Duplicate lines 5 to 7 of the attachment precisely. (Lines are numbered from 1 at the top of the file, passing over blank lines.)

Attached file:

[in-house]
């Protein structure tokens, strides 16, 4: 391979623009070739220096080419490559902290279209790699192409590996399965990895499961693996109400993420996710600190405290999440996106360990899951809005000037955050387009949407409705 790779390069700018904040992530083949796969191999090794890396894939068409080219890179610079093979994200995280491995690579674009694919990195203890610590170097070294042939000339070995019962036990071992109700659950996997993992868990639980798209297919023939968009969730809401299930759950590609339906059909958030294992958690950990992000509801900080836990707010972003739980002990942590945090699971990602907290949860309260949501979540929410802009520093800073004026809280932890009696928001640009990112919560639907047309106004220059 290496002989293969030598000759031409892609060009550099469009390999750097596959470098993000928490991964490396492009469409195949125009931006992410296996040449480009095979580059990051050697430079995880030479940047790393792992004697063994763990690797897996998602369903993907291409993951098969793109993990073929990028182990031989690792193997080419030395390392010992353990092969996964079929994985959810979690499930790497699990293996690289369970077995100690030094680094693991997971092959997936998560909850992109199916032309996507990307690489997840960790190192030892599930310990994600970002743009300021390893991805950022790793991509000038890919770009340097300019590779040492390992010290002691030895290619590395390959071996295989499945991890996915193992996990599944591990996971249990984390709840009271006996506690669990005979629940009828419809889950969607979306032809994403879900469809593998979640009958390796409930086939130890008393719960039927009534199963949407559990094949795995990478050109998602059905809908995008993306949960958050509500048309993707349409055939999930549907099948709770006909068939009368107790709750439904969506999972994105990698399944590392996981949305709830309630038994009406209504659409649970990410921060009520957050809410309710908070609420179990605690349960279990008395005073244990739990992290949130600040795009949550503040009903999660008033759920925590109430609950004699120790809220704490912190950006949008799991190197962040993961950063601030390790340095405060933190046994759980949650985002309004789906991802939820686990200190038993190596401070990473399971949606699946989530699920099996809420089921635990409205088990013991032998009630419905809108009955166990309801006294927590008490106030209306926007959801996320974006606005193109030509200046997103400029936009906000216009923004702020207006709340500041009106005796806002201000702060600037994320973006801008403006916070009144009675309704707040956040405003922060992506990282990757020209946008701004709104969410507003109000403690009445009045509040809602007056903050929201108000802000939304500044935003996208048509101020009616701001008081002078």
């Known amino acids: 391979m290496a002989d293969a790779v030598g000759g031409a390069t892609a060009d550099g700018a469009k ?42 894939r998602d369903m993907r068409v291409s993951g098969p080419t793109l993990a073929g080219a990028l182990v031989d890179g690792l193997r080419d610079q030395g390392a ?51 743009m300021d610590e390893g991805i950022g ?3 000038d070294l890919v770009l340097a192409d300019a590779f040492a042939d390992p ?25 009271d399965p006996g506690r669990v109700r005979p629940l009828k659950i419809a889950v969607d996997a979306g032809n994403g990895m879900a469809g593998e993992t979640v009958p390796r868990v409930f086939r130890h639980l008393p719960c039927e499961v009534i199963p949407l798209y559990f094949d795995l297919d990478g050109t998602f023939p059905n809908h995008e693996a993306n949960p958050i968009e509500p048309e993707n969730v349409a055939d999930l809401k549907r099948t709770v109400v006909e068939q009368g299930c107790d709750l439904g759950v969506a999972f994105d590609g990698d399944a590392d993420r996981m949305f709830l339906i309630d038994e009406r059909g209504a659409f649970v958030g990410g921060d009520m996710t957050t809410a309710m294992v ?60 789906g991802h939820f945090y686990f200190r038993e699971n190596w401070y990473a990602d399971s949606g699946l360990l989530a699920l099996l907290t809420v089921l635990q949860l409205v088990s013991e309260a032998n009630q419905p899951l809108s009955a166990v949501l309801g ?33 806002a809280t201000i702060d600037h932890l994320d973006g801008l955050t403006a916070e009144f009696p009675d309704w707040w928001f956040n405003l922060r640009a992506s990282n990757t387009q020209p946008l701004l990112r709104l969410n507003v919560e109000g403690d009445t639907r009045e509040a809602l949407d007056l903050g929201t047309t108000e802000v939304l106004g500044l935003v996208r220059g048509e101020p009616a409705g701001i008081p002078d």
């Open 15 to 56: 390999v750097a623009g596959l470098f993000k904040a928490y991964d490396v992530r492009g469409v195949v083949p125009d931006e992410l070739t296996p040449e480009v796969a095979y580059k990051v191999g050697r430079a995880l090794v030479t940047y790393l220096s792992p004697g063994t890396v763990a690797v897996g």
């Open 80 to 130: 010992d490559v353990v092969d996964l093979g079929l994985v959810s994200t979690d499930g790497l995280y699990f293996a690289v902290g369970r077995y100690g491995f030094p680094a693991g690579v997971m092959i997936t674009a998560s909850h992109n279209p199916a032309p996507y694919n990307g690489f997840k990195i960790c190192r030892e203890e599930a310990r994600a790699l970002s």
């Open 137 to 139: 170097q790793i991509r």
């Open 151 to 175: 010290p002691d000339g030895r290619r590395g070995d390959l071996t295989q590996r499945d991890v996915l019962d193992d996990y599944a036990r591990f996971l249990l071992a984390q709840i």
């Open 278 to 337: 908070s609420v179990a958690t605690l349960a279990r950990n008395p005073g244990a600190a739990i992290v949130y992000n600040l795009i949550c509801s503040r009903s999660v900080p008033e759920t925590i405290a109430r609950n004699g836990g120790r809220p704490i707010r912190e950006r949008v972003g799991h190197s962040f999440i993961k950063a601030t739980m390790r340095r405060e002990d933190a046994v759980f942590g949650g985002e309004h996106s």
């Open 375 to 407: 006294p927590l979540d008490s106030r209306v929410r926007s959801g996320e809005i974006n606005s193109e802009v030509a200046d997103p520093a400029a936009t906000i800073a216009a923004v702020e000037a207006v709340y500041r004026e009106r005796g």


């Open 80 to 130: 010992d490559v353990v092969d996964l093979g079929l994985v959810s994200t979690d499930g790497l995280y699990f293996a690289v902290g369970r077995y100690g491995f030094p680094a693991g690579v997971m092959i997936t674009a998560s909850h992109n279209p199916a032309p996507y694919n990307g690489f997840k990195i960790c190192r030892e203890e599930a310990r994600a790699l970002s």
């Open 137 to 139: 170097q790793i991509r």
């Open 151 to 175: 010290p002691d000339g030895r290619r590395g070995d390959l071996t295989q590996r499945d991890v996915l019962d193992d996990y599944a036990r591990f996971l249990l071992a984390q709840i």